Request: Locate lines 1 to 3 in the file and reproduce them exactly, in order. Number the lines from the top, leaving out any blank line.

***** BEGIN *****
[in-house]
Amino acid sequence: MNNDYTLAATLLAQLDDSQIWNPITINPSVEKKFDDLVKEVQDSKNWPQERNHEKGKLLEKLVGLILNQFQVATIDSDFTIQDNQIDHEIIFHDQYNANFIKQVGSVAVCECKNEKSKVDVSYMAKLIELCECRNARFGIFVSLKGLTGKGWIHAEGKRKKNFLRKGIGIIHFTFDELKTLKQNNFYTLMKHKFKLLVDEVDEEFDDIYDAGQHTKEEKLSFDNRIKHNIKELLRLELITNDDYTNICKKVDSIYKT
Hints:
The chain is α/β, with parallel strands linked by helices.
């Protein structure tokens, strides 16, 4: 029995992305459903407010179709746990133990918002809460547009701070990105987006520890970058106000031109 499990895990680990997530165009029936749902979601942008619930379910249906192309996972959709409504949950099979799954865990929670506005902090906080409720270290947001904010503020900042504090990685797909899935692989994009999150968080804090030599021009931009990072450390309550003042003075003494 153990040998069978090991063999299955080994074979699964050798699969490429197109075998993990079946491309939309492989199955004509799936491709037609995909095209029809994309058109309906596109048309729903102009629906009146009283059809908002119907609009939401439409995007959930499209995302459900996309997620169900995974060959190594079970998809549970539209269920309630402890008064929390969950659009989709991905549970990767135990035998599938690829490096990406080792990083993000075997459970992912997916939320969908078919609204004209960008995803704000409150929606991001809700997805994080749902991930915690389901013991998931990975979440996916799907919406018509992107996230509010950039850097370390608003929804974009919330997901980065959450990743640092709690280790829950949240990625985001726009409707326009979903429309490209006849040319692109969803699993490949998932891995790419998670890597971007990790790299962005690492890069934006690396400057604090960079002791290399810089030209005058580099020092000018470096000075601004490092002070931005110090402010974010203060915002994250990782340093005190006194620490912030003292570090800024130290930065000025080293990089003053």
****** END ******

[in-house]
Amino acid sequence: MNNDYTLAATLLAQLDDSQIWNPITINPSVEKKFDDLVKEVQDSKNWPQERNHEKGKLLEKLVGLILNQFQVATIDSDFTIQDNQIDHEIIFHDQYNANFIKQVGSVAVCECKNEKSKVDVSYMAKLIELCECRNARFGIFVSLKGLTGKGWIHAEGKRKKNFLRKGIGIIHFTFDELKTLKQNNFYTLMKHKFKLLVDEVDEEFDDIYDAGQHTKEEKLSFDNRIKHNIKELLRLELITNDDYTNICKKVDSIYKT
Hints: